Phil joined Ventura County Animal Services in 2018 as the Fiscal and Administrative Services Manager and was promoted to Administrative Services Director in 2020. He serves VCAS by overseeing the Fiscal, Payroll, Facilities Maintenance, Administrative and Human Resource functions for Animal Services. Working at VCAS is a perfect fit for Phil, as it allows him to help animals in need and the passionate staff and constituents of Ventura County who also love animals. Prior to his role with VCAS, Phil was the Chief Operating Officer for a public relations and marketing firm and has held a variety of other positions with Fortune 500 companies and startups. Phil and his wife have two beautiful young boys and enjoy spending time with their family, friends and dog named Monkey!
Dr. Britz originally hails from South Africa, but has spent the past 20 years living, studying and working in California. She is a 2010 graduate of the University of California, Davis, School of Veterinary Medicine, holds a Master’s degree in Preventive Veterinary Medicine, and completed the Maddie’s Shelter Medicine Fellowship in August 2021. Dr. Britz joined the team at VCAS in 2019 as an associate and was promoted to Managing Veterinarian in 2022. Leading up to her time at VCAS, she had worked with multiple species in various settings throughout California — from thoroughbreds on the Southern California racing circuit, to livestock in the Central Valley, to companion and exotic animals throughout the greater Los Angeles area. She fell in love with shelter medicine as it represents the intersection of her many interests: mixed animal medicine, population health and epidemiology, infectious disease, public health, and community service.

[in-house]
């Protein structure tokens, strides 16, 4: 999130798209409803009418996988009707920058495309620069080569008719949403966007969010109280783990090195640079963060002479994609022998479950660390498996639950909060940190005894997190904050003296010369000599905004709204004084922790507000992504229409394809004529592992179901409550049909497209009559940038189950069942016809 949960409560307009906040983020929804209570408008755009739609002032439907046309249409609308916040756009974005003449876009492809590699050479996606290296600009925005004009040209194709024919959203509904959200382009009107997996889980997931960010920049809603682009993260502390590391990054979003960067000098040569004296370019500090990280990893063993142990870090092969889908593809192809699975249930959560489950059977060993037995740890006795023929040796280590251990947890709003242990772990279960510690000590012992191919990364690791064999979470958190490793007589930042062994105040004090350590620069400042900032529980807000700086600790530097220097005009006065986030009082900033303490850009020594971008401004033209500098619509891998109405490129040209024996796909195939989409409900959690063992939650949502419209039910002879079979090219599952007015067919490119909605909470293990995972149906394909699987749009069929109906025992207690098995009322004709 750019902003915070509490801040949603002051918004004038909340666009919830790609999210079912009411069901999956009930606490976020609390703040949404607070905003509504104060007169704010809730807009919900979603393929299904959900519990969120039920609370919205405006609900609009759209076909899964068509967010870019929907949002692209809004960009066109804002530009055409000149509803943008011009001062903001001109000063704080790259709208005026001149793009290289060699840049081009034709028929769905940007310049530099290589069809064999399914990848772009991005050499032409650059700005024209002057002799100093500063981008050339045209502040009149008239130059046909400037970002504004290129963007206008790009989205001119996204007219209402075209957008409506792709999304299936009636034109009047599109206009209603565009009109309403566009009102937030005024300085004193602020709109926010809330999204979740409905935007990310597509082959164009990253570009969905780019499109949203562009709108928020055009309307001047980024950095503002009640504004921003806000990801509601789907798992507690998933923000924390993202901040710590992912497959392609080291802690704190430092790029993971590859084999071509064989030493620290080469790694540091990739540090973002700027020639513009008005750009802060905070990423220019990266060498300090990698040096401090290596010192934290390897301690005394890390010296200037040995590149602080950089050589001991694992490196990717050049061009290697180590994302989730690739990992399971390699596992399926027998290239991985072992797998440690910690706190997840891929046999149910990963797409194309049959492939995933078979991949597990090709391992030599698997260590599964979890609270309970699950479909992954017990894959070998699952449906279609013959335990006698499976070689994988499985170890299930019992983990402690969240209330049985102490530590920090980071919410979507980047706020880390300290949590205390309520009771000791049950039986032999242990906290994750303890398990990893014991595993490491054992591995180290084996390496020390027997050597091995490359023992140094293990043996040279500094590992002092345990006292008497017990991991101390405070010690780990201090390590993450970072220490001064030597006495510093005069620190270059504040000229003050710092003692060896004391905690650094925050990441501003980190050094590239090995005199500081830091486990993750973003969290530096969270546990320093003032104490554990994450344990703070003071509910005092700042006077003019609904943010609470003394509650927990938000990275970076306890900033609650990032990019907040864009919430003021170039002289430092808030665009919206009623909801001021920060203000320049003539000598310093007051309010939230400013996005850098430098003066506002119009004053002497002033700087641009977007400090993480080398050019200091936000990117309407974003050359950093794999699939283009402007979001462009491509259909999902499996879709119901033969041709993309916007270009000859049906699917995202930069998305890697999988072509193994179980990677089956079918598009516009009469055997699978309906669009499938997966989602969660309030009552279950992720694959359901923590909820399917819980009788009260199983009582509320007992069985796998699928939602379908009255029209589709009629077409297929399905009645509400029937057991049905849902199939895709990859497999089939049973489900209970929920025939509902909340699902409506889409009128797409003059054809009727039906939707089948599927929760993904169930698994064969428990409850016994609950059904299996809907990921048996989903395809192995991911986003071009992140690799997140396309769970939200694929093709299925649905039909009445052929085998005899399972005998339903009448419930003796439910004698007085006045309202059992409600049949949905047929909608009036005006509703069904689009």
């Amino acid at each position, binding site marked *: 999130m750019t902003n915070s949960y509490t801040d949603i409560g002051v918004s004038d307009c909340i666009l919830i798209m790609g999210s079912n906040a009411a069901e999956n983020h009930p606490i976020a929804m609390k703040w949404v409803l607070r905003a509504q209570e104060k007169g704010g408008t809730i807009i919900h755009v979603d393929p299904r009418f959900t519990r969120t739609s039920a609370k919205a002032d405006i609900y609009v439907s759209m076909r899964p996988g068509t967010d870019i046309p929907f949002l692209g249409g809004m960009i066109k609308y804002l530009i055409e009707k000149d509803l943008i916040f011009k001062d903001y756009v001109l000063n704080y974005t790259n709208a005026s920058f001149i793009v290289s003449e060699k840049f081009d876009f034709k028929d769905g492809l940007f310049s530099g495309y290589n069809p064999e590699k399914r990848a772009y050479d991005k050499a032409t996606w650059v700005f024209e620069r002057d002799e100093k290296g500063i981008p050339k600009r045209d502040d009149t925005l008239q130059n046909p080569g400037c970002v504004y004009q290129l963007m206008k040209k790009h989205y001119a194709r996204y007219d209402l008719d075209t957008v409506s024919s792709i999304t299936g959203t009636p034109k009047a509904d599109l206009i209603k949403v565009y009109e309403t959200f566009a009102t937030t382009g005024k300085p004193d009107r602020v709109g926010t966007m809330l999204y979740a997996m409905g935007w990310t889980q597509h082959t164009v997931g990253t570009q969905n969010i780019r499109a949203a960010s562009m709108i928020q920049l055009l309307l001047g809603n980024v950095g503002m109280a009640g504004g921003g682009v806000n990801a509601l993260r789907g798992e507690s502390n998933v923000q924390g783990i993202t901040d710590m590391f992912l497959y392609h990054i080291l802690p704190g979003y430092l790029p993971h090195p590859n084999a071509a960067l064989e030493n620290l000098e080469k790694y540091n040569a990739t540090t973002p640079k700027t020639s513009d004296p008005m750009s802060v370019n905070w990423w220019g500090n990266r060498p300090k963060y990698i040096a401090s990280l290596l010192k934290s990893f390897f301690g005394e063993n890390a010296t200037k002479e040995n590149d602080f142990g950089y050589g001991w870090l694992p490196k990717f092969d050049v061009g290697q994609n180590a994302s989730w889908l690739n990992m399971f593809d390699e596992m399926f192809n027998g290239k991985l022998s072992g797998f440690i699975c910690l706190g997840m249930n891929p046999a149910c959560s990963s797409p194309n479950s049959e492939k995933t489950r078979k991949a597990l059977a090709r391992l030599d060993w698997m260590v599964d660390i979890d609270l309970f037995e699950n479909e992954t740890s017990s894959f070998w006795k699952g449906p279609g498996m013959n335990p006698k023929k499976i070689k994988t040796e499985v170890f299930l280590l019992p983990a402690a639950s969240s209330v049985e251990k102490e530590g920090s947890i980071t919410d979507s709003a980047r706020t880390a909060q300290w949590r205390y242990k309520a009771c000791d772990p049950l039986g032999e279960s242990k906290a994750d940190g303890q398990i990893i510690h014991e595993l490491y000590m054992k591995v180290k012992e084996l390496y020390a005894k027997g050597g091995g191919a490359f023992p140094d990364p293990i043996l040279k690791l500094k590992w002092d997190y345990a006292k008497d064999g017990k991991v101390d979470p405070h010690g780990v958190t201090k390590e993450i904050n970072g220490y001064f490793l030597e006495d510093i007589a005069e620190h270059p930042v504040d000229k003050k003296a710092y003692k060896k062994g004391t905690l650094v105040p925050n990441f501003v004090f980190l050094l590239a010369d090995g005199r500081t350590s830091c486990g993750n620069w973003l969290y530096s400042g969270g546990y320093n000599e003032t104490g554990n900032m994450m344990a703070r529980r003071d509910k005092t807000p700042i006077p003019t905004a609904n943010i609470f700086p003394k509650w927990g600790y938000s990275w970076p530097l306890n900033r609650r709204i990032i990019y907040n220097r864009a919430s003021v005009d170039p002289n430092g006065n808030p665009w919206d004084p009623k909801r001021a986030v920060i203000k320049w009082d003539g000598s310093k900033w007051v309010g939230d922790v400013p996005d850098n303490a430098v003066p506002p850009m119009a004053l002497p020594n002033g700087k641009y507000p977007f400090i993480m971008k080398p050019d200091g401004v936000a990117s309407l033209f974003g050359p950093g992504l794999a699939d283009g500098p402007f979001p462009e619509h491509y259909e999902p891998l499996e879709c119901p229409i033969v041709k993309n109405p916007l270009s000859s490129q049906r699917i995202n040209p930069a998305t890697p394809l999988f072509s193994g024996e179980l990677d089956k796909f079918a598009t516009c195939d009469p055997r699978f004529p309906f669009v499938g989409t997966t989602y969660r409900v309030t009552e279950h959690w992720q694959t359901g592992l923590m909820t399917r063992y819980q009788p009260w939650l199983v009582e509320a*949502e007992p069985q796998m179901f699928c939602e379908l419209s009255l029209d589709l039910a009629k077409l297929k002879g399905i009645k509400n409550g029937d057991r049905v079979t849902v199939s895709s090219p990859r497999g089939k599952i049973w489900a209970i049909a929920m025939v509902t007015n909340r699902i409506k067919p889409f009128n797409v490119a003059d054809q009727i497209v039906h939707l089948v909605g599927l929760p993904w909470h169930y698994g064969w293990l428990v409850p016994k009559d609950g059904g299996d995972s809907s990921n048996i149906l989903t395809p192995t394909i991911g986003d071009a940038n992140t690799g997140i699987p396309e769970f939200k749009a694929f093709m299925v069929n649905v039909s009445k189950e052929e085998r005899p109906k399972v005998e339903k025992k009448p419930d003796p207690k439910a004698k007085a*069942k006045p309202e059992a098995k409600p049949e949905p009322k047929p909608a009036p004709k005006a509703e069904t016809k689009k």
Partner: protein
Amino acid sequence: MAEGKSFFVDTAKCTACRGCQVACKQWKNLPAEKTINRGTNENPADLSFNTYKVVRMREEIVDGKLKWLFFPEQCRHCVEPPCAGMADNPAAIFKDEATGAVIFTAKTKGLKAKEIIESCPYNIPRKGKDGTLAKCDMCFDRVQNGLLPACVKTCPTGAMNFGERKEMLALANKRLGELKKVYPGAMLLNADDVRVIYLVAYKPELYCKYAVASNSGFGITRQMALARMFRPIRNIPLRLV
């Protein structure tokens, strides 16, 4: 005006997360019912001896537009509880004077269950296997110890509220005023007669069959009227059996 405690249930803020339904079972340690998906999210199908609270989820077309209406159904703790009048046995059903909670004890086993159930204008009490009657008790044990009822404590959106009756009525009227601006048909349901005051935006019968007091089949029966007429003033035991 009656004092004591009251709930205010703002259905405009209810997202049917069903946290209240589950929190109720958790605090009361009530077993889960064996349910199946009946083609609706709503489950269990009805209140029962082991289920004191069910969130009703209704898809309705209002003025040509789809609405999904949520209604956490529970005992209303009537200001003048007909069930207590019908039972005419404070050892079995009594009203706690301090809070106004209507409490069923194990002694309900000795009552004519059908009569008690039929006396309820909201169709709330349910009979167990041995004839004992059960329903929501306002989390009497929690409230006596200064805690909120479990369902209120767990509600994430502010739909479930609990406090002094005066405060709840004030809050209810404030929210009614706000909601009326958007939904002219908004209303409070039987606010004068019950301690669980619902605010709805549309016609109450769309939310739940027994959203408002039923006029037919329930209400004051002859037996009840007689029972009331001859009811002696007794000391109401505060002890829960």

Kimberly has always had a love for learning and a passion for animal behavior and enrichment. She received a bachelor’s degree in Ecology and Evolutionary Biology from the University of California, Santa Barbara. Kim began her career in animal welfare at a small rescue in Santa Barbara in 2009 and has advocated for changes to improve the quality of life for shelter animals ever since! She joined VCAS in 2012 and built our Canine Behavior and Enrichment Program from the ground. Since joining the team, Kim has been promoted several times and currently serves as the Manager for all Animal Care Services including shelter operations and oversight of our Care and Pathways Planning Services (CAPPS) Team which includes our Canine and Feline Coordinators, Volunteer Program, Foster Care Program, and Pet Retention Program. Kim loves spending time with her dogs and hiking/camping whenever possible.
Bryan joined our team in 2005 as an Animal Control Officer working in the kennels. He has served our department in several capacities. Some of his duties include investigating animal cruelty/neglect cases, assisting in staff training, and acting as the department Hearing Officer. For many years he has been the department’s Emergency Volunteer Response Team Coordinator and is currently on the Cal Animals Disaster Committee. He coordinates emergency response with partnering agencies, volunteers, and has coordinated animal evacuations throughout the years. He is also a member of the Ventura County EOC Team. Bryan is currently the Field Services Manager and has oversight of services performed in the eight (8) contract cities. In addition, he oversees the Administrative Citation program with contracted cities, and oversees the department’s safety committee.